Friday, October 07, 2005

A Homeschooling Experiment

Families displaced by Hurricane Katrina are turning to that old-fashioned, albeit non-traditional, method of learning: homeschooling. See this AP article from Belle Chasse, LA.

From the article:

>>Nationally, about 1.1 million students are home-schooled, according to the U.S. Department of Education, a movement that's been growing steadily for decades. Usually, though, it's not a decision made under duress, since home-schooling demands patience and commitment from both parents and students.<<

This could be an interesting data point in homeschooling research (many parents of gifted children choose to homeschool at some point in their children's school careers).

All the studies of homeschooling contain a selection bias. The kinds of parents who choose to homeschool are often better educated and more committed to learning than those who don't. I have only come across one study that removed some of that bias. That study looked at rural Alaskan families who homeschooled out of necessity, not choice. The state would provide lessons by radio, and centrally located teachers would consult with parents on occasion. These students did as well as their conventionally schooled peers.

The Louisiana situation could provide a similar study, since parents are homeschooling "under duress" as the article says, not as a long-planned choice. We will see how these children fare when they return to their schools. My guess is they'll do pretty well.


Cat said...

We've been homeschooling our profoundly gifted son for over 3 years now. I have mixed reactions to your opinion as to about homeschooling parents necessarily having better education themselves. We were private school parents before turning to homeschooling out of desperation, and I do find other homeschoolers who remind me very much of our private school cohort. But surely there are regional variations in play here. We are in a small Northeast city with a very low cost of housing. Our secular homeschooling cooperative has member parents who work at the local grocery store, Walmart, truck drivers, university professors, doctors, and single parents doing whatever they can. Some have never been past high school and others have multiple advanced degrees.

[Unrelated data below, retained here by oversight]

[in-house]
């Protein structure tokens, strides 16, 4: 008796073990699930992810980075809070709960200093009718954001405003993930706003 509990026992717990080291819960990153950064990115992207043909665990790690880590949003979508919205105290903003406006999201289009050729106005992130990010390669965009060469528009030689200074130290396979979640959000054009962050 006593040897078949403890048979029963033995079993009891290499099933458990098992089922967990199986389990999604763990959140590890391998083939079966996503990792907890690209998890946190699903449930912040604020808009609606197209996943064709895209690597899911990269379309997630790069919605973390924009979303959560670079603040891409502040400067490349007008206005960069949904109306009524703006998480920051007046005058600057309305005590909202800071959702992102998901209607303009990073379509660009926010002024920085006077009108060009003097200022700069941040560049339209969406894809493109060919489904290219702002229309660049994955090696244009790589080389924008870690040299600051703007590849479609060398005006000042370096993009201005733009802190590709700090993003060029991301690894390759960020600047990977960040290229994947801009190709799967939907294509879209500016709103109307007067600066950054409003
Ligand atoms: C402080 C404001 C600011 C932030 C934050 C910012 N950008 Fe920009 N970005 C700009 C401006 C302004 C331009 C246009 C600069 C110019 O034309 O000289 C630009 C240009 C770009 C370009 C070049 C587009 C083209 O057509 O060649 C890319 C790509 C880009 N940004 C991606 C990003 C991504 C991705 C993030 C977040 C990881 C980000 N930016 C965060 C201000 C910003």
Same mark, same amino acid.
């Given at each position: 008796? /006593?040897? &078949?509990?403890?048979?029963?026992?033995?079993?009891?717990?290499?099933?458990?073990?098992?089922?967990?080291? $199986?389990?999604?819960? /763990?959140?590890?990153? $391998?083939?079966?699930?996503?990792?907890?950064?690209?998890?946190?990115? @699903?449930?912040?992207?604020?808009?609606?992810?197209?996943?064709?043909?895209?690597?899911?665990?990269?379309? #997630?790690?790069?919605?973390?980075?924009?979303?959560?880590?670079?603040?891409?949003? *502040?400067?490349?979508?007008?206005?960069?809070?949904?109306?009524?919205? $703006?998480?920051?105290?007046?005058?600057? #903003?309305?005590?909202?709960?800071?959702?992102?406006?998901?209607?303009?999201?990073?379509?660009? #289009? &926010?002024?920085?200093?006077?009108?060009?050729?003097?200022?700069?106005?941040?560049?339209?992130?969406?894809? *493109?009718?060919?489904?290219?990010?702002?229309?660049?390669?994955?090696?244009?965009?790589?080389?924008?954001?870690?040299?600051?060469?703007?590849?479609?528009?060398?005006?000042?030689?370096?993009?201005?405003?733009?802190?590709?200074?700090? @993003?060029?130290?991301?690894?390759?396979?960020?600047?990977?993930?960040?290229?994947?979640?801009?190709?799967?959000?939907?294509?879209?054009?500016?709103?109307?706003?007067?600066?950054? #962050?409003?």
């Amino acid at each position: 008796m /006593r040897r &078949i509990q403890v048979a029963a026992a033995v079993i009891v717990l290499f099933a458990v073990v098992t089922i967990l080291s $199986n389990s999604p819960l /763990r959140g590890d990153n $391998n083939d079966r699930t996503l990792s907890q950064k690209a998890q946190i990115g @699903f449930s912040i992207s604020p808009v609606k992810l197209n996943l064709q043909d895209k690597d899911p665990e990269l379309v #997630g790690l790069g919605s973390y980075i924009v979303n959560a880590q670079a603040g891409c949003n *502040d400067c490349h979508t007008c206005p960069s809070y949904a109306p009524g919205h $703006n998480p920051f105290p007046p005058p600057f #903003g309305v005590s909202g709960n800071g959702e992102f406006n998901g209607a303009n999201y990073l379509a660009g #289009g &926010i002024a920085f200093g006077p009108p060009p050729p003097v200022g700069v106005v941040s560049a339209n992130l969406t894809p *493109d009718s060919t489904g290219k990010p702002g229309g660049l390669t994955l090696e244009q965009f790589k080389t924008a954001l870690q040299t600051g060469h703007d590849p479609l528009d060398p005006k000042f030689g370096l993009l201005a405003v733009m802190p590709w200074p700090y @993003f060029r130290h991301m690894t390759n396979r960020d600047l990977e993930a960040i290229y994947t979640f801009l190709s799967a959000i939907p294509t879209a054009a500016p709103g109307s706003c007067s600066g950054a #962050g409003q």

I strongly suspect that in more expensive regions of the country you will see more self-selection in the incomes and educations of people who "can afford" to stay home. However, just as in the Mommy Wars, for every one family who "can afford" for one adult to stay home, there is one where both (or more) adults are working varied hours to make staying at home possible some of the time. This was true for many private school families of our acquaintance, and is true for our homeschooling friends as well.

Laura Vanderkam said...

No, they're not necessarily better-educated. I put the "often" qualifier in there because of the surveys done -- plenty of parents who haven't been to or finished college homeschool, but homeschool parents are more likely to have been to or finished college. But I think the second half of the sentence is the key part: parents who homeschool are, on the whole, more committed to education than those who don't. There are exceptions either way, of course, but to homeschool is not the default assumption. It requires a parent to think about it, and actively choose it, in most cases. In some states, the parent even has to go through hoops (submitting lesson plans, portfolios, etc.) to do it. Getting rid of that selection bias is tough -- except in the case of parents homeschooling in rural Alaska, or in this case, in the aftermath of a storm that has temporarily displaced children from their home schools.

Anonymous said...

Note that these estimates of the number of homeschooled children are way too low. Most parents of homeschooled children do not register their kids with the school district until the student is in middle or high school and registration becomes required to participate in sports, music, etc.

Here, I don't know of a single parent of an K-4th grade homeschooled student that has registered that student. The local school district reports their homeschool numbers directly from these registrations.

Our district is struggling with declining enrollment at the elementary level, even though our overall population is growing fast. They can't figure out why and tend to blame it on declining birth rates and more retirees. They won't accept my belief that it is largely due to homeschooling because "the numbers don't show it". Duh!!